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The Do’s and Don’ts of effective selling

Sales is the lifeblood of any small business and every business owner has the potential to be brilliant at sales, after all you are the expert in your business’ products and services.

Yet sometimes we business owners get too close to see the wood for the trees. And even when we think we have the sales process down pat, customers have that quirky human quality of ever evolving and modifying their wants and needs. So now is the perfect time to take a step back and review some basic do’s and don’ts of the selling process:

Don’t bark up the wrong tree

Let’s face it, the first thing that can potentially go wrong in sales is to bark up the wrong tree. The whole selling process can only go awry from there – we’ve all experienced the dejected feeling of wasted sales effort. While some sales coaches may say keep at it and you’ll eventually wear them down, I disagree. A little strategic sales planning can go a long way to setting you up for sales success. So exactly how can you avoid barking up the wrong tree?

Do: Profile your target audience accurately

The first and most important step in the sales process is to profile your target audience accurately and regularly. Conduct focus groups, online surveys, one-on-one client interviews. Brainstorm and use creative thinking to understand your target market better. A picture is worth a thousand words so build a visual profile of your target audience by collecting not only data, but imagery too. This research needs to go beyond the demographics of who your customer is and into the psychographics of your target market. What are their values? What’s important to them in the purchasing process? Who are they influenced by?

Don’t ignore emotion

There are always both rational and emotional reasons behind why people buy. Most sales professionals are well trained in knowing features and benefits and communicating them effectively. Yet research shows that people buy emotionally and then back up their decision logically.  This means that good sales people have to start feeling their way around the feelings of their customers. 

Do: Use emotional intelligence

Effective sales people consider both the emotional and rational reasons to buy. Take some time to explore the beneficial feelings that result from purchasing your product and service. These emotive responses may be actively positive such as generating pride or pleasure; or passively positive by removing negative emotions such as fear or disappointment. For example a purchaser may experience a sense of security that there won’t be any unexpected errors – their fear of errors is removed, or peace of mind that they’ve chosen a company with an excellent track record, or pride in their social responsibility in choosing a green solution. Getting to understand these emotions means a sales person needs to practice the next all-important discipline:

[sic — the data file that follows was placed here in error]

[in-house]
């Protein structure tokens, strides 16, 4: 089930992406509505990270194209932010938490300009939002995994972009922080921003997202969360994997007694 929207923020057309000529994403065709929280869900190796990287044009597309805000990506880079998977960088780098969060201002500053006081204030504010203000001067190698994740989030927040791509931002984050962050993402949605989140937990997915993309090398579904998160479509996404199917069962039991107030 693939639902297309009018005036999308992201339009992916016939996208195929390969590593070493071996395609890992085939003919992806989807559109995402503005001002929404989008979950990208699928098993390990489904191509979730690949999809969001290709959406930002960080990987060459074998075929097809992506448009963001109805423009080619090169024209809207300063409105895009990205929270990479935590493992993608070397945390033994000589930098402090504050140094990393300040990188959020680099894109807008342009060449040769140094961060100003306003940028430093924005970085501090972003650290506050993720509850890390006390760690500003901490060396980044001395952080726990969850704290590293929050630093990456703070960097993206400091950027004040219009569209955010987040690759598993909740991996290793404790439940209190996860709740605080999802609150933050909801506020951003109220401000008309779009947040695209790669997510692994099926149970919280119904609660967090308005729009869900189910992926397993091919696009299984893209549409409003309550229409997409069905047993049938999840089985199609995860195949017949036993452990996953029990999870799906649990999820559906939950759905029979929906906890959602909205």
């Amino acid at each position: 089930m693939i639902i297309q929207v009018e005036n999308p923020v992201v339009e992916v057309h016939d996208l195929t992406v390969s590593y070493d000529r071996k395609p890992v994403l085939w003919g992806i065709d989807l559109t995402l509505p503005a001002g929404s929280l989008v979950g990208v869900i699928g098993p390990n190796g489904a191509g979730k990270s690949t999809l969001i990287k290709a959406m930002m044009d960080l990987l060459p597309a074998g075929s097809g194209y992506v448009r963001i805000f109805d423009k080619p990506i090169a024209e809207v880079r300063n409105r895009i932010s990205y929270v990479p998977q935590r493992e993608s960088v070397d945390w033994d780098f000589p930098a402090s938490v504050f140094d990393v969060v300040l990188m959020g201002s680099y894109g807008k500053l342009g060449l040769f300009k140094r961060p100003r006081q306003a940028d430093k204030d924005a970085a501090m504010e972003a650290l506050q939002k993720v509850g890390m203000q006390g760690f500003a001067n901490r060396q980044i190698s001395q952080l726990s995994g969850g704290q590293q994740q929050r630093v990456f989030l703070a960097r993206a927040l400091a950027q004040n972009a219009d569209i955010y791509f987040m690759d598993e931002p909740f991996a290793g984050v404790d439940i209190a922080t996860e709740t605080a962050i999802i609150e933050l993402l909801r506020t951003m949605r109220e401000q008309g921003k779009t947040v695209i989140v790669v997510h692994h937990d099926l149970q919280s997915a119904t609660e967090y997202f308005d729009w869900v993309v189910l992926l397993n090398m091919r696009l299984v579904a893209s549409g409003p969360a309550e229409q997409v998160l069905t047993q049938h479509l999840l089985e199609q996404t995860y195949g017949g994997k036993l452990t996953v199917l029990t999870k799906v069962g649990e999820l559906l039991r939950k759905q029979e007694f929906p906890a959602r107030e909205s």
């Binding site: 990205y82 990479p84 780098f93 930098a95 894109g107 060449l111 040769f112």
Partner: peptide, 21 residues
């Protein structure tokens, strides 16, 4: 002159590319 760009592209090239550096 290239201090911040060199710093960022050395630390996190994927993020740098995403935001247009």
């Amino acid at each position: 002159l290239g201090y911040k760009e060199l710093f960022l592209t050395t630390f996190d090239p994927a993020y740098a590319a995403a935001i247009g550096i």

Don’t talk too much!

The days of smart-mouthed, smooth-operator never-ending sales talk are long gone! We live in the Information Age, we have information everywhere, we’re overloaded with it. We want a salesperson to function like an intelligent online search engine, a person that sifts through all the information and produces only the relevant bits, the information that adds value to our decision making process. And ironically to do this, a sales person needs to operate just like a search engine and first find out the relevant keywords… which brings us to the next point.

Do: Ask the right questions

Discovering the customer’s needs, wants and values is best achieved by asking not only direct factual questions but also open-ended value-discovery questions. Salespeople who understand the power of asking smart questions find that they automatically become good listeners too. Good listeners are then able to answer the right questions and that’s what makes the sales process work.

An effective sales process is not a set-and-forget deal, but an ever-evolving cycle of anticipating, seeking and fulfilling customer requirements.

Abby Practice is hosting a workshop to help business owners refocus on the fundamental selling skills that can generate exceptional business results. Click here to register

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Sid Edwards

Sid Edwards

Sid is the Principal and CA at leading Sydney small business accountancy firm Abby Practice.

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